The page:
- False positives are possible but false negatives are not

refinements shared logs for e diting a table
Refinements - Shared Logs for editing a table
  • Mutations are logged, then applied to an in-memory version
  • Logfile stored in GFS

-Write log file per tablet server instead of per tablet

Any Problem for doing this?

Tablet

Insert

Problem: during recovery, server needs to read log data to apply mutations for a tablet

Memtable

Insert

Delete

  • Solution:
  • Master aggregates and sort the needed chunks by tablet in the log
  • Other tablet servers ask master which servers have sorted chunks they need
  • Tablet servers issue direct RPCs to peer tablet servers to read sorted data efficiently

boat

apple_two_E

Insert

Delete

Insert

SSTable

SSTable

refinements c ompression
Refinements - Compression
  • Many opportunities for compression
    • Similar values in the same row/column at different timestamps
    • Similar values in different columns
    • Similar values across adjacent rows
  • Within each SSTable for a locality group, encode compressed blocks
    • Keep blocks small for random access (~64KB compressed data)
    • Exploit the fact that many values very similar
    • Needs to be low CPU cost for encoding/decoding
microbenchmarks speed per server
Microbenchmarks- speed per server

Number of 1k-byte values read/written per second per server

Remarks:

Random reads are 10-times slower than other ops

Writes are faster than reads (why?)

Random reads in memory is the fastest

microbenchmarks scaling
Microbenchmarks- scaling

Number of 1k-byte values read/written per second in total

Remarks:

Sequential reads and writes behave like linearly, others are

sub-linear

2. Performance order doesn’t change compared to per-server

discussion
Discussion
  • No multi-row transaction support, good or bad?
  • Why column-oriented data model become popular? Advantages and disadvantages.
  • BigTable ensure data consistency?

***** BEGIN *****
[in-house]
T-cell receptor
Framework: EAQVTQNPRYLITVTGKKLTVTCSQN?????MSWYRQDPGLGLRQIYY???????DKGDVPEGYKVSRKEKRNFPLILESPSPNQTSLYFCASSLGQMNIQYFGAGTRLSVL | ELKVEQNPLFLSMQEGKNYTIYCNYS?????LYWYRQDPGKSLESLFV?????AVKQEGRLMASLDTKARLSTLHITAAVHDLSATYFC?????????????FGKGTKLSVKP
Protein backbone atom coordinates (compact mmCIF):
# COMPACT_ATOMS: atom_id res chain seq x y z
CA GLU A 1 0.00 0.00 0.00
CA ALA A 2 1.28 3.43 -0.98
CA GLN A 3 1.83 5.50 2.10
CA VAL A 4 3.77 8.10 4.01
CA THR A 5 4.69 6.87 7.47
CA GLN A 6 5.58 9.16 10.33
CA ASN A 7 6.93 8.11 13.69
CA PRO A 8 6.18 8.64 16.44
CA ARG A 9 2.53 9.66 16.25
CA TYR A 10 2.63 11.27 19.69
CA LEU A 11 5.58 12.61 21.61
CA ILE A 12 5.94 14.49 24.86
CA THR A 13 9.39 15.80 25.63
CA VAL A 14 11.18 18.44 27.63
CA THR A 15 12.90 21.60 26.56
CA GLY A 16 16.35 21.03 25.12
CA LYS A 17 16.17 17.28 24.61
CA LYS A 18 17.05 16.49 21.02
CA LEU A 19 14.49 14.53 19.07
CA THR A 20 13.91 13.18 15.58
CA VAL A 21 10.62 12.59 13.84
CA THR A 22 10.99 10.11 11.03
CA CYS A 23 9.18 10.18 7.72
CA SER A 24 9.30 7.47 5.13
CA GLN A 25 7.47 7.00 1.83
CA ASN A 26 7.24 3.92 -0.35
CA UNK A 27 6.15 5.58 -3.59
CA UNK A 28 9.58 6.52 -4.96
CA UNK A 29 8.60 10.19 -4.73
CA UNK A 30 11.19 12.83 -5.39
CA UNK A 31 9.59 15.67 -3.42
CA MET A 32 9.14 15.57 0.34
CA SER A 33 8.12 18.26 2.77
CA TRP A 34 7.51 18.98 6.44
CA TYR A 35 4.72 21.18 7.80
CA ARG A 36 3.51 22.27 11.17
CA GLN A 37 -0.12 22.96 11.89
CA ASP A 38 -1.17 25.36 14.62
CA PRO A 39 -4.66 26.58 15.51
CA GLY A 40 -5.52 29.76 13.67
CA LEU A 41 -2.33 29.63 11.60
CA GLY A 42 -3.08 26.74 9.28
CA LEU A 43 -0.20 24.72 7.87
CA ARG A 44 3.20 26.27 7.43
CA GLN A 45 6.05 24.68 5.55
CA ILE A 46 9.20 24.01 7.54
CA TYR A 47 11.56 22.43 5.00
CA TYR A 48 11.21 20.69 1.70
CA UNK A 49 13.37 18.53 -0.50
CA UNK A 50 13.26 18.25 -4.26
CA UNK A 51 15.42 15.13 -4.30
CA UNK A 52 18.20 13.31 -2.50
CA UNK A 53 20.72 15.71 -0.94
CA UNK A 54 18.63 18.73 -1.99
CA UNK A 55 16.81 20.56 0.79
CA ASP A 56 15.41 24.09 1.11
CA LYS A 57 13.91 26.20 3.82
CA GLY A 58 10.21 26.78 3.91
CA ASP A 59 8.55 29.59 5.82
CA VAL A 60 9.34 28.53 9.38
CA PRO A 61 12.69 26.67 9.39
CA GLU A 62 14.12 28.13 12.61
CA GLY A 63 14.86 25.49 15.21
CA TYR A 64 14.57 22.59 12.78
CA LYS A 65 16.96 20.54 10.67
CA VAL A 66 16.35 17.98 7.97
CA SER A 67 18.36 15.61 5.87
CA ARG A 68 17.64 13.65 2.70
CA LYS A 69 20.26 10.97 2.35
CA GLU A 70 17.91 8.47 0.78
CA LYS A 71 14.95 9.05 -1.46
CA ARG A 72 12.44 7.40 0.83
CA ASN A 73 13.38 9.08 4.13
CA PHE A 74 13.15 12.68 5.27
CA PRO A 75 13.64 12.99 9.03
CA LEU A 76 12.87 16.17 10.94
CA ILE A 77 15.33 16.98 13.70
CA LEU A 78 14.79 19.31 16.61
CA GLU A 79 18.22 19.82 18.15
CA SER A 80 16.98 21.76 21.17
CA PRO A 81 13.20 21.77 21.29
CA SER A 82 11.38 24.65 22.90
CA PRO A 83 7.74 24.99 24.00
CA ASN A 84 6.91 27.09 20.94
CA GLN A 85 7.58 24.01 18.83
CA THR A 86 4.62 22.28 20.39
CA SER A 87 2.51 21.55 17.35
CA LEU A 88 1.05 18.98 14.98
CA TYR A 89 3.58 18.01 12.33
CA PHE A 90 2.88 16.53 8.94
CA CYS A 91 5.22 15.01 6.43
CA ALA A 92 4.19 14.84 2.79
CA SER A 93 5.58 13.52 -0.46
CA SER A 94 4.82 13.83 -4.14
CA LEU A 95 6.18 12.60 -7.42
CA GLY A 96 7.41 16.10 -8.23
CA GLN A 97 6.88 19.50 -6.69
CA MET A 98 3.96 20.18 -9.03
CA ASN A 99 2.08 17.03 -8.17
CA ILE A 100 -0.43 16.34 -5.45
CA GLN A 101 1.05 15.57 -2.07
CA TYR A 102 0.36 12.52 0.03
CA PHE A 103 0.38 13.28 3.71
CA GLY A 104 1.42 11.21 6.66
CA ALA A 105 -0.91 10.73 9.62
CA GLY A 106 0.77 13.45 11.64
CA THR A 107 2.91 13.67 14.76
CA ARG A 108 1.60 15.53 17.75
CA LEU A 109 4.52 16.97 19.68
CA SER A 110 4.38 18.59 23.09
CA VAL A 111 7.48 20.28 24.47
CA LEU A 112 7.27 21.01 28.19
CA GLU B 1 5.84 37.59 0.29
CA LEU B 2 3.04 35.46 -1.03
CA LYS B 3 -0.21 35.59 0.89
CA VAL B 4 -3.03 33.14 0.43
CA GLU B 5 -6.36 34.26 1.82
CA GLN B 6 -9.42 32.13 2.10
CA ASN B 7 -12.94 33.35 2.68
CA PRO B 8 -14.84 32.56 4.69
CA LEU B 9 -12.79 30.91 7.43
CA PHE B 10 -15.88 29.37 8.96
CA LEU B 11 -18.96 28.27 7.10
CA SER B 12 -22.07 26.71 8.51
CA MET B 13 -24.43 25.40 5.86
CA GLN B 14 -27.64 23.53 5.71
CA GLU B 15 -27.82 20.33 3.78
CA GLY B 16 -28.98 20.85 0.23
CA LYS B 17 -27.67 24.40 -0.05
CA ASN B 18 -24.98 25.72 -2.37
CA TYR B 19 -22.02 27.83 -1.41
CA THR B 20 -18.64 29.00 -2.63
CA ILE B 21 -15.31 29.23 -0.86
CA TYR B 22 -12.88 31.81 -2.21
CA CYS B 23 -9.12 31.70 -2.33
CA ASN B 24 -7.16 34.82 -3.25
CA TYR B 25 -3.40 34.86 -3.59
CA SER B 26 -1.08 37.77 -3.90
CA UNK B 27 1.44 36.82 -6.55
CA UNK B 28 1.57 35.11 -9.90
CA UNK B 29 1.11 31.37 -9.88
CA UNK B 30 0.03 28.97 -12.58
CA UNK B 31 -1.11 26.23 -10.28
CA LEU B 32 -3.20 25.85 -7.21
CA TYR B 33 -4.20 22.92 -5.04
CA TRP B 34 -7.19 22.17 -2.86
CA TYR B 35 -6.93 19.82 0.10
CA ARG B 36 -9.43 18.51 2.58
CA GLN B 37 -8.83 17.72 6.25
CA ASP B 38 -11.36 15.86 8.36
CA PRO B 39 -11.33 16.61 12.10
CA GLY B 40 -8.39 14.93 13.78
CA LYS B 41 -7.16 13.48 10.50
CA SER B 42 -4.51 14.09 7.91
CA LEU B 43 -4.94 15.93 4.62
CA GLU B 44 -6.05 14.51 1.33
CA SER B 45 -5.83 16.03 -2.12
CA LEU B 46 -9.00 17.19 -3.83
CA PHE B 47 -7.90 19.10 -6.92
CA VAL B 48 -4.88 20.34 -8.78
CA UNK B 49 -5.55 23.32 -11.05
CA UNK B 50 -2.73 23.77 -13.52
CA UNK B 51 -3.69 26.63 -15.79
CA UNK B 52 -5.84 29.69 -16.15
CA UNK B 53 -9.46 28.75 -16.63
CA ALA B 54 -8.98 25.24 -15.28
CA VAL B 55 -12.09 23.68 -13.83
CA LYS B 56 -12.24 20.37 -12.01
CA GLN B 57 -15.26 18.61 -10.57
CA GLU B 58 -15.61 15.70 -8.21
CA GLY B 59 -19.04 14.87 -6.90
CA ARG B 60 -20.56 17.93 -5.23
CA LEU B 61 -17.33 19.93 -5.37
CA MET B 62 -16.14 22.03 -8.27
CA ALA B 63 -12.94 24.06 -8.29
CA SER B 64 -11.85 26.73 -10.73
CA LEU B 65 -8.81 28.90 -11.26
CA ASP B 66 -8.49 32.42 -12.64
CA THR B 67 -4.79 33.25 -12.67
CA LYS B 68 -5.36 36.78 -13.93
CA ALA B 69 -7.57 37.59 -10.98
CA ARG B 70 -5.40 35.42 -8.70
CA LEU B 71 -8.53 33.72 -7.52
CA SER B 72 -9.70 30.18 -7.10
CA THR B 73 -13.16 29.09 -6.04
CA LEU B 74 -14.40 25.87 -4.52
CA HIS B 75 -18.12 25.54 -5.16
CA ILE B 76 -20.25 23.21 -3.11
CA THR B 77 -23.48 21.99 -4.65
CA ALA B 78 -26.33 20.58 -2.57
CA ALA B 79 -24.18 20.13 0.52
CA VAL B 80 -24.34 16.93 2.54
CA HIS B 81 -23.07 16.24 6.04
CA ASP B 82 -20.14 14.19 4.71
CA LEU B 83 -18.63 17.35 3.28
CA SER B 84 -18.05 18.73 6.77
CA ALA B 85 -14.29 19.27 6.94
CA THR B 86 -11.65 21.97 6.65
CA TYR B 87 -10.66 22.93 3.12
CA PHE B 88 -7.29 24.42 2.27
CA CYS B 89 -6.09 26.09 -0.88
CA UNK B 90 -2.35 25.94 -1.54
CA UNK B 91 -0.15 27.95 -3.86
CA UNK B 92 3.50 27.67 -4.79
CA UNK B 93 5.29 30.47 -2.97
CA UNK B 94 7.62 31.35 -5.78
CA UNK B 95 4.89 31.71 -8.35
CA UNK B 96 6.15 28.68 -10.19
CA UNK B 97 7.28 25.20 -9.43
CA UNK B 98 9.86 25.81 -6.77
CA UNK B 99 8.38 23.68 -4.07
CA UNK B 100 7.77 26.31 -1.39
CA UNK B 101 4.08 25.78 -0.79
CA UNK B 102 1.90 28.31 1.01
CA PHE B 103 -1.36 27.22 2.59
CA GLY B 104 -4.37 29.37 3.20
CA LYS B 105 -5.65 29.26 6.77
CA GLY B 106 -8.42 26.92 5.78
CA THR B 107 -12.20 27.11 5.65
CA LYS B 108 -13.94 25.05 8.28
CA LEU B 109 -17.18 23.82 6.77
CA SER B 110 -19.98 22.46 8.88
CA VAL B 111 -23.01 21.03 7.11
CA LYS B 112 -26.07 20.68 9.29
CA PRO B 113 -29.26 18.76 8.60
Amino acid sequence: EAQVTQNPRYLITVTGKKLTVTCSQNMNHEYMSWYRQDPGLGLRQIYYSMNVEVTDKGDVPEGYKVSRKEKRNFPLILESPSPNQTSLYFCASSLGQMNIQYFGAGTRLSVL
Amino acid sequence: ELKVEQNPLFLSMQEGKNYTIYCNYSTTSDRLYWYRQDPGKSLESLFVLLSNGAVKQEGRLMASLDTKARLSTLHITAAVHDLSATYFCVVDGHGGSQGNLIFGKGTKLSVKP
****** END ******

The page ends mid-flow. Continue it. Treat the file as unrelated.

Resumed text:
• Is there central point of failure?
  • No optimization on queries
  • Will it work over Internet? (clusters spread across geographically distant
finding a needle in a haystack facebook s photo storage

Finding a Needle in a Haystack: Facebook’s Photo Storage

Original work by Beaver, et al.

Slides by Tim Calloway

facebook photo storage
Facebook Photo Storage
  • Facebook stores over 260 billion images
    • 20 PB of data
  • Users upload one billion new images each week
    • 60 TB of data
  • Facebook serves over one million images per second at peak
  • Two types of workloads for image serving
    • Profile pictures – heavy access, smaller size
    • Photo albums – intermittent access, higher at beginning, decreasing over time (long tail)
motivation for haystack
Motivation for Haystack
  • Build a specialized store for photo workload:
    • High throughput and low latency
      • Provide a good user experience
    • Fault-tolerant
      • Handle server crashes and hard drive failures
    • Cost-effective
      • Save money over traditional approaches
    • Simplicity
      • Make it easy to implement and maintain
enter haystack
Enter Haystack

Generic Object store

Several photos (needles) combined into a large append able file (Haystack)

Index file for determining needle offsets